Today, Russian political prisoner and former oil tycoon Mikhail Khodorkovsky wished his friends a Merry Christmas and a Happy New Year. And he didn't do it from inside a prison.
After more than a decade behind bars for fraud and tax evasion, Khodorkovsky was released from Penal Colony No. 7, 200 miles south of the Arctic Circle.
Khodorkovsky was one of Russia's richest men when he was arrested in 2003 on fraud and embezzelment charges. His has widely been considered a case of Russian leader Vladimir Putin using his power to silence a political rival and critic.
Still, Putin said he would release Khodorkovsky, and today he did.
Khodorkovsky immediately flew to Germany where he was reported to be meeting his mother. She's been receiving medical treatment there.
"I am very much looking forward to the minute when I will be able to hug my close ones and personally shake hands with all my friends and associates," Khodorkovsky wrote in a statement released on his website Friday. "I am constantly thinking of those who continue to remain imprisoned."
His son, Pavel Khodorkovsky, excited and slightly dumbfounded, set off from New York City to Germany today to meet with his father.
Many see Khodorkovsky's release as a move by Putin to improve his image on the human rights front, especially with world attention turning to the Sochi Olympics in just a few weeks.
David Hoffman, the author of "The Oligarchs: Wealth And Power In The New Russia," said reaction in Russia to this case isn't always as you'd expect.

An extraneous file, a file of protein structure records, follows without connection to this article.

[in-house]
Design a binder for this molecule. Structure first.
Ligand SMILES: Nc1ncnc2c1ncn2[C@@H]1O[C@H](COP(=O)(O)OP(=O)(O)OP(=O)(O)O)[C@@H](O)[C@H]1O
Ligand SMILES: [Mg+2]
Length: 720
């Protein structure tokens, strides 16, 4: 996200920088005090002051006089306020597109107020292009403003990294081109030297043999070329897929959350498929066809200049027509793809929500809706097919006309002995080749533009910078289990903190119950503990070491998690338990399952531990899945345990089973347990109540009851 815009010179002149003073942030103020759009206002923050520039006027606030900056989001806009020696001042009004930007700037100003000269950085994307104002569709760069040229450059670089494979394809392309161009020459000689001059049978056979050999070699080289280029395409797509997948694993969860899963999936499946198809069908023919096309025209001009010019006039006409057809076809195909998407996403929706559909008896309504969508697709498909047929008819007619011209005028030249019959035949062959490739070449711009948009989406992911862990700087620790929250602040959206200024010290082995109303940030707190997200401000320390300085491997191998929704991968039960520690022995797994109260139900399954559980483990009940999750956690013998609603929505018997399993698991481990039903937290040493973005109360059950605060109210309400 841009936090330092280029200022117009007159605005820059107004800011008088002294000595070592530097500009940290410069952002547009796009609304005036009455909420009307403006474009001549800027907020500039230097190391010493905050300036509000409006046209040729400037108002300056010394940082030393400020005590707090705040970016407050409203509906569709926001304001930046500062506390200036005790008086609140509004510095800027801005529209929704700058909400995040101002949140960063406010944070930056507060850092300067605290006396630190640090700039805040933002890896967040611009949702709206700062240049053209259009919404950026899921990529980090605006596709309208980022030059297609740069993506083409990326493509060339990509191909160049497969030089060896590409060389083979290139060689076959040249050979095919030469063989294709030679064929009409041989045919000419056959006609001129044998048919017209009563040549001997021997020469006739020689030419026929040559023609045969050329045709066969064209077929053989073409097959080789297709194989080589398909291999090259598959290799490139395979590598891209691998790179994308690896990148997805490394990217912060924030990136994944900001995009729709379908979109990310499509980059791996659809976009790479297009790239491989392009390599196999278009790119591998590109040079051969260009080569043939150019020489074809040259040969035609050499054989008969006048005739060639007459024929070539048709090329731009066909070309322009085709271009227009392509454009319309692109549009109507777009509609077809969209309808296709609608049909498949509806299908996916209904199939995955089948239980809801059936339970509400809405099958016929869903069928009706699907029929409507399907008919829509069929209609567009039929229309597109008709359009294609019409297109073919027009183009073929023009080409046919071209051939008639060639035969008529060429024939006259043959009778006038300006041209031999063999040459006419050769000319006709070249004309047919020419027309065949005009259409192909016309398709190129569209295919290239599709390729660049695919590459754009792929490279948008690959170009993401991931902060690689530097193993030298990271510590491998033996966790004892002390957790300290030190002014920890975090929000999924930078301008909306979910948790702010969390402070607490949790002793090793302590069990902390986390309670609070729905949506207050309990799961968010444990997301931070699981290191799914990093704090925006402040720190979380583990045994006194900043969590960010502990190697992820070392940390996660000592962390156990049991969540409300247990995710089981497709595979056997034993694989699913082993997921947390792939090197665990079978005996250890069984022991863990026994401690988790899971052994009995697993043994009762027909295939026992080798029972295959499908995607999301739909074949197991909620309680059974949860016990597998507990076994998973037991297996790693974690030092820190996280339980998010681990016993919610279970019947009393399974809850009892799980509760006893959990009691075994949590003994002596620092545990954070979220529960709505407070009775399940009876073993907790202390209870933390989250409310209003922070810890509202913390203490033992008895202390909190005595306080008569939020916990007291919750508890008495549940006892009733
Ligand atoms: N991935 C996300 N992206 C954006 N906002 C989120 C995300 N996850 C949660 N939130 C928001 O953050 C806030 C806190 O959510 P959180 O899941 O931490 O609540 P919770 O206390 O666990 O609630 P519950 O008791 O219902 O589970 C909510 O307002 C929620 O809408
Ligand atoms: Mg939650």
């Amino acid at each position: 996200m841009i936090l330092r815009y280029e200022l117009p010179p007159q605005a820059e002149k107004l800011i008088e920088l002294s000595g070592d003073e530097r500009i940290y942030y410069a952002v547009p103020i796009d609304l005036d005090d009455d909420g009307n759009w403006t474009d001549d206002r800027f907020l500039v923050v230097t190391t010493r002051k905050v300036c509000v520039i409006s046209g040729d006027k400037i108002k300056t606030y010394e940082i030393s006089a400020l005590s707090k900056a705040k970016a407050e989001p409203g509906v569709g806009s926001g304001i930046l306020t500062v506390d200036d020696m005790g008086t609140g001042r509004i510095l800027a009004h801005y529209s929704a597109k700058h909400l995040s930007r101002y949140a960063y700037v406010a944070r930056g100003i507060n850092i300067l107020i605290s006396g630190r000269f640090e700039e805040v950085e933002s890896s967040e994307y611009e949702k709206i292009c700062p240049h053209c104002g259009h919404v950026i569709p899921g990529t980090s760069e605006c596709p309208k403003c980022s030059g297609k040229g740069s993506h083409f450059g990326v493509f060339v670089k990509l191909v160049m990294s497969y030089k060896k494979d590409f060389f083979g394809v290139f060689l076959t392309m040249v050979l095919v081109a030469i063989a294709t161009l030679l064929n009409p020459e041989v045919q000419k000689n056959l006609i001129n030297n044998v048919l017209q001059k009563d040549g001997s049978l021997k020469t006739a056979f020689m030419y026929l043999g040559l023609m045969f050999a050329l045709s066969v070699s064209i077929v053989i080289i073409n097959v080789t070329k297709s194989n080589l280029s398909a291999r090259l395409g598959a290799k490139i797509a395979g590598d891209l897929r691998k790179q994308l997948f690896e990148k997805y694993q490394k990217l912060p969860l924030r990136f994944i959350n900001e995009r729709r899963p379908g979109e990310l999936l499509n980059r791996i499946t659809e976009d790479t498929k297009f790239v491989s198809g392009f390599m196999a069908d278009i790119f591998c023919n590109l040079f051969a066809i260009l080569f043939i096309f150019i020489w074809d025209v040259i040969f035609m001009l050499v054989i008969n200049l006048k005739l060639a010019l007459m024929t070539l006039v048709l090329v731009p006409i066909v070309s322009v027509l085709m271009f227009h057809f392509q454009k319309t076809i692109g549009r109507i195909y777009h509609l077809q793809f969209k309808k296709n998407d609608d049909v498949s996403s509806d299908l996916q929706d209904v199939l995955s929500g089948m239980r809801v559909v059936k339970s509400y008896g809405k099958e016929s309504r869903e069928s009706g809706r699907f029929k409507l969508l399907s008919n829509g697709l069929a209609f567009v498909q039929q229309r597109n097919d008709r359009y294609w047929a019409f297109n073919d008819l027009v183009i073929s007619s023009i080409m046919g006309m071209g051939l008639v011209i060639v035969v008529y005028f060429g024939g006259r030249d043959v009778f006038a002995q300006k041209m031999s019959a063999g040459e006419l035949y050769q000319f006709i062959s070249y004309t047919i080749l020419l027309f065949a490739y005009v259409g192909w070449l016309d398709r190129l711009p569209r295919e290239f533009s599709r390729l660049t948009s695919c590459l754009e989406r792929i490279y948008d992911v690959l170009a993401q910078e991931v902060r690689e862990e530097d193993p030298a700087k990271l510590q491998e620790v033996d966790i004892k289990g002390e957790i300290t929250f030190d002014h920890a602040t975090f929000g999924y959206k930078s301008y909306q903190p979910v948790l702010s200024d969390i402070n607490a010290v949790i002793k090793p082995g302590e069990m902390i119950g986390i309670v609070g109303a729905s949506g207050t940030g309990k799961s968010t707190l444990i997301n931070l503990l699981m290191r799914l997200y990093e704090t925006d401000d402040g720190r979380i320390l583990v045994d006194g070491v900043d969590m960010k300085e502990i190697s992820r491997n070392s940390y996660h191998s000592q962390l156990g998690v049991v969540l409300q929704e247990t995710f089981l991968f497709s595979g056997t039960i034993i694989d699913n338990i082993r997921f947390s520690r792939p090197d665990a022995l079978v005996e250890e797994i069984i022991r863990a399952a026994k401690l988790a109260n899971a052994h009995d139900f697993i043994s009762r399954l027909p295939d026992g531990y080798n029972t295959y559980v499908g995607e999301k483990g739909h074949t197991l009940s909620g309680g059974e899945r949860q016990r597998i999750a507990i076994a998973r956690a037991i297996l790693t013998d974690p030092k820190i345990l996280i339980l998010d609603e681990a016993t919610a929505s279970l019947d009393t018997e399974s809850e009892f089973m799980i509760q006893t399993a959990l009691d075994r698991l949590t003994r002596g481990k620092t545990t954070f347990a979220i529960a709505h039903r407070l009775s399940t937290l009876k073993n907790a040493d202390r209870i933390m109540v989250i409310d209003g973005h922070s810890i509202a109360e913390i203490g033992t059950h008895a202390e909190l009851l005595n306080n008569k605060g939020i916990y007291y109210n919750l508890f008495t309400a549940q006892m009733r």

"Khodorkovsky is no hero in his own country," said Hoffman "For a long time, when the oligarchs were rising people were very envious of these guys."
Khodorkovsky wanted to modernize Russia, have a competitive political system as well as a competitive market economic system.
"In the year-and-a-half or two years before his arrest, Yukos [his oil company] was becoming more transparent and more westernized than any other oil company in Russia," Hoffman said. "So he was trying to show the direction they needed to go."
In that sense, Hoffman said, his vision for Russia is aligned with the young people who took to the streets in recent years to oppose Putin. But that doesn't mean he will suddenly be embraced by the opposition. These protesters rose up while Khodorkovsky was in prison.
"They were just kids when Khodorkovsky was rising up. He wasn't on the barricades," he added
Hoffman hesitates to guess what's next for Khodorkovsky. But he does remember a moment 10 years ago when he met with Khodorkovsky before he was imprisoned. Hoffman asked the oil baron why he didn't just leave Russia and live in exile. Khodorkovsky said he wasn't one to run.
"He believes in the country," Hoffman said. "He believes that it can change."
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